Monday 20 January 2020

New Year Plant Hunt 2020: analysis of results

New Year Plant Hunters in
Glengarriff, West Cork
Image: C. Heardman 
The analysis of BSBI's ninth New Year Plant Hunt has now been published and is available to download here. The analysis includes a summary and there's also a press release here which went out this morning to all our media contacts. 

1,714 people participated in the Hunt between 1st and 4th January, either individually, with family and friends or on group hunts, often organised by local botanical recording groups. That's an increase of 16% compared to last year. 20 people (mainly in northern/ upland areas) also contributed to our understanding of what was flowering where by emailing us locations of where they had hunted but found nothing in bloom. Many people also made casual observations on social media but didn’t email us or upload their records so we haven’t included them in our totals. 

We'd like to thank all of you who took part, a fantastic effort! You braved the cold and went out hunting from Shetland to Guernsey, from Donegal to Anglesey to Norfolk, from west Cork to Pembrokeshire to London to the Kent coast. 

Plant hunters out in London
on New Year's Day
Image: Jo Wright
You submitted a grand total of 778 lists comprising 14,724 records of 615 species in bloom across Britain and Ireland.

All your records were checked and analysed by Dr Kevin Walker, BSBI's Head of Science. Here are some of his key findings:
  • 53% of the records were of species which normally flower after midsummer and had managed to carry on flowering. These include ‘Autumn Stragglers’ such as Yarrow, Ragwort and Hogweed. This figure is slightly lower than last year's 58% - perhaps as a result of all the wet weather many of us experienced last autumn? 
  • Only 24% were ‘Springtime Specialists’ like Primrose and Lesser Celandine, so there is no indication of an early spring. This proportion is roughly similar to previous years. 
  • 23% of the records submitted were of species we might reasonably expect to flower at New Year, or species which we cannot easily be categorised as either ‘early’ or ‘late’. These include typical ‘All Year Rounders’ such as Shepherd’s-purse as well as ‘Winter Specialists’ such as Winter Heliotrope. Again, this proportion is roughly similar to previous years.
  • The top five species were Daisy, Groundsel, Dandelion, Annual Meadow-grass, and Common Chickweed – identical to last year’s list and all (native) plants we would expect to be flowering at this time of year.
  • 36% of species recorded were non-natives. This includes plants from warmer climates that have escaped from gardens or cultivation, become naturalised in the wild and were able to extend their flowering into the winter months.

Examining pavement plants in Heaton during the
North-east New Year Plant Hunt-Off
Image: James Common
As in previous years, urban areas tended to have more non-native species in flower than rural areas, as there are more sheltered and disturbed places with warm microclimates where alien plants can thrive. The milder south and west of Britain and Ireland had the highest numbers of species in flower – 115 in Swanage – a similar number to 2019 but nowhere near the 2016 top total of 162 species recorded in Berkshire by Prof Mick Crawley.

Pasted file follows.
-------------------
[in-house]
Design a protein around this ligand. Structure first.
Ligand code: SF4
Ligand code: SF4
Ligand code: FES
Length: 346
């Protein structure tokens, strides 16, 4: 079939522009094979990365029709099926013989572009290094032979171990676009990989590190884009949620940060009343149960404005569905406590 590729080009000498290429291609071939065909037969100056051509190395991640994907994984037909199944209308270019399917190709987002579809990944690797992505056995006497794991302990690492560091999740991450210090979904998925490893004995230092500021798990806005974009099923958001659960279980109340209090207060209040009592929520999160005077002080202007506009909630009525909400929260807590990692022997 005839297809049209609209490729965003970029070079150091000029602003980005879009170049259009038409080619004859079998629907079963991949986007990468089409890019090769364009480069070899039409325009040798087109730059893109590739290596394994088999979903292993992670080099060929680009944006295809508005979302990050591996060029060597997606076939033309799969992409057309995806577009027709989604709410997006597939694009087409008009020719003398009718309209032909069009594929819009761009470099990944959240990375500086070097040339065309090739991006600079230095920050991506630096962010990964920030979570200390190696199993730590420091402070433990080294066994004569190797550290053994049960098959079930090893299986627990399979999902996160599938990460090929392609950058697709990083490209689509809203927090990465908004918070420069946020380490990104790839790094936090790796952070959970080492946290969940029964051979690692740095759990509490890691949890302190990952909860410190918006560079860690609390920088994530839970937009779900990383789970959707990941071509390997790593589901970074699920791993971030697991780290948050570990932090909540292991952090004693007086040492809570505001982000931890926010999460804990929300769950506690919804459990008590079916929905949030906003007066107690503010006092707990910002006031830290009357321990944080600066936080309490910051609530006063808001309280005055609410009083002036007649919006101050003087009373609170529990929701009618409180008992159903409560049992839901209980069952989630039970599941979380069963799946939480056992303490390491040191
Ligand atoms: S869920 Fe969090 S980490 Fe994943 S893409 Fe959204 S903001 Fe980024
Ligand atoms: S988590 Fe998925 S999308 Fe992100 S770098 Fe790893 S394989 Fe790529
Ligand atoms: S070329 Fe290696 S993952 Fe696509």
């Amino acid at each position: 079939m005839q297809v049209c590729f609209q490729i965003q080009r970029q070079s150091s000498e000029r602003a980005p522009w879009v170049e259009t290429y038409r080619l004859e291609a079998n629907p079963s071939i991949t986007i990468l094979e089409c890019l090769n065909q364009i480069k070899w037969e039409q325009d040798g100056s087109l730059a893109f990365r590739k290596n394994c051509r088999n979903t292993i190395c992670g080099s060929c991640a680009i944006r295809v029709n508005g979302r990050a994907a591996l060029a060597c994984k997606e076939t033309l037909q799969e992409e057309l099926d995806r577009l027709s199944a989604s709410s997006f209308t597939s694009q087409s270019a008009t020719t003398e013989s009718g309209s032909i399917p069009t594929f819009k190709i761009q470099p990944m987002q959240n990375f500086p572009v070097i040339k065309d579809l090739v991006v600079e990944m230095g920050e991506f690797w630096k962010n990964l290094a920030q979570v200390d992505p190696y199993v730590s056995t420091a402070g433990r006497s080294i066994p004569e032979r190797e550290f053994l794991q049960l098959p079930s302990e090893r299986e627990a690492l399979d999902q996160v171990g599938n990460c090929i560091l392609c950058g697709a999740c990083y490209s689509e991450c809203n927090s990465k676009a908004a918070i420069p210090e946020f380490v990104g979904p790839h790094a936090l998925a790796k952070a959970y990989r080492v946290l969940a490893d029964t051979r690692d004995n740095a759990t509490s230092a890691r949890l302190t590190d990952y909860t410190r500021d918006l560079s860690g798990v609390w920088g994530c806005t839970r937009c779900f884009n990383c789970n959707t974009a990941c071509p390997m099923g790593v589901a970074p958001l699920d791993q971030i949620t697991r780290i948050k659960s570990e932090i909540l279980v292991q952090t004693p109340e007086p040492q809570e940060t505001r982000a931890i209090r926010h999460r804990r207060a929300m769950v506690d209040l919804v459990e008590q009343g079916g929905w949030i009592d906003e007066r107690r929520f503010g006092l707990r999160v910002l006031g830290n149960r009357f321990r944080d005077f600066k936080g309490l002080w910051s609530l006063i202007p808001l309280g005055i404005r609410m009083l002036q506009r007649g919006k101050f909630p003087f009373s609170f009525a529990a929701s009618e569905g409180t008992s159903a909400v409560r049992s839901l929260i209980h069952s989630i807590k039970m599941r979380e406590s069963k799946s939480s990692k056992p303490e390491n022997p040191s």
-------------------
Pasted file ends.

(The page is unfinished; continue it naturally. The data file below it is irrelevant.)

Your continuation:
Strawberry tree blooming in Killarney
Image: Jessica Hamilton
Kevin compared the results with meteorological data and said “2020 appears to have been an average year in terms of winter flowering in comparison to previous years. New Year Plant Hunt data from the past six years shows that there were fewer species in flower this year than in 2015, 2016 and 2019 but more than in 2017 and 2018. The reason for this seems clear – temperatures in the two months preceding this year’s Hunt were only a degree above average compared to 2015, 2016 and 2019, when the combined temperature anomalies were much higher. This was largely due to the cold and wet conditions experienced across much of the country in late 2019, especially in November when the Midlands and Northern England experienced widespread flooding”.

If you'd like to compare this year's results with those of previous years, please use the preceding links to access data from 2017-9 and to compare Kevin's analyses for each year, please visit our New Year Plant Hunt archive page.

BSBI President Lynne Farrell and friend
hunting in the Lake District
Image courtesy of L. Farrell
In conclusion, Kevin said “We can’t yet prove that more species are flowering in mid-winter nowadays, rather than in the past, but NYPH has shown that in milder winters, more plants flower because of warmer temperatures and fewer frosts. We don’t yet know what the implications of this are for plants and associated insects - but what we do know is that weather patterns are changing and that plants are responding”.

Two guest blogposts coming soon in response to Kevin's comment: one about pollinators in winter - what impact might changes in flowering times have on our pollinators? And one about a citizen science project run by colleagues which aims to help scientists track the effects of weather on our wildlife. Watch this space and thanks again to everyone who has helped us build up a clearer picture of which plants are blooming in midwinter!


  1. Interesting to read the general conclusion, and it is clear that it can only be a general conclusion. Autumn and winter temperatures here in the Welsh Marches have been significantly milder than recently (although very wet)- we have had very few frosts and almost no snow. My species count was 30% up on 2018 (still only 12 species). The extremely mild conditions will presumably explain why Ulex gallii was still flowering, although there was no sign of increased early flowering of spring species.

  2. Whoops- I meant to compare with 2019, not 2018.


Please leave a comment!